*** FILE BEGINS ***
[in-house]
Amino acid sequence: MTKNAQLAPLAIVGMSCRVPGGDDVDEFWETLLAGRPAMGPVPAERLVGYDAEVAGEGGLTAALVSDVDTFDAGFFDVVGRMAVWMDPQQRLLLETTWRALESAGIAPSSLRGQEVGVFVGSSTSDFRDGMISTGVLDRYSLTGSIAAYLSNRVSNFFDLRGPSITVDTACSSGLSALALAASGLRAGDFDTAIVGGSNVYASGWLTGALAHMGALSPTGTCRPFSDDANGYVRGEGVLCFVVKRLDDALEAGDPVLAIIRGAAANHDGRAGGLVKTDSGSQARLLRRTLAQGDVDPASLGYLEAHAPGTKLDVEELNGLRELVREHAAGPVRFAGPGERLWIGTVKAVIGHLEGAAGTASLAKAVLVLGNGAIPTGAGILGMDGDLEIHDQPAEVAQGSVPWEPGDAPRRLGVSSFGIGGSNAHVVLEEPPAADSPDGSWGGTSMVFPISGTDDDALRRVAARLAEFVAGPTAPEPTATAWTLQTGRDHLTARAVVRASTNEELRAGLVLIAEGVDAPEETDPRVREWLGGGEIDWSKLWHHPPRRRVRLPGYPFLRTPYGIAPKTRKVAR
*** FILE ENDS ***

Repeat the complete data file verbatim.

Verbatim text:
[in-house]
Amino acid sequence: MTKNAQLAPLAIVGMSCRVPGGDDVDEFWETLLAGRPAMGPVPAERLVGYDAEVAGEGGLTAALVSDVDTFDAGFFDVVGRMAVWMDPQQRLLLETTWRALESAGIAPSSLRGQEVGVFVGSSTSDFRDGMISTGVLDRYSLTGSIAAYLSNRVSNFFDLRGPSITVDTACSSGLSALALAASGLRAGDFDTAIVGGSNVYASGWLTGALAHMGALSPTGTCRPFSDDANGYVRGEGVLCFVVKRLDDALEAGDPVLAIIRGAAANHDGRAGGLVKTDSGSQARLLRRTLAQGDVDPASLGYLEAHAPGTKLDVEELNGLRELVREHAAGPVRFAGPGERLWIGTVKAVIGHLEGAAGTASLAKAVLVLGNGAIPTGAGILGMDGDLEIHDQPAEVAQGSVPWEPGDAPRRLGVSSFGIGGSNAHVVLEEPPAADSPDGSWGGTSMVFPISGTDDDALRRVAARLAEFVAGPTAPEPTATAWTLQTGRDHLTARAVVRASTNEELRAGLVLIAEGVDAPEETDPRVREWLGGGEIDWSKLWHHPPRRRVRLPGYPFLRTPYGIAPKTRKVAR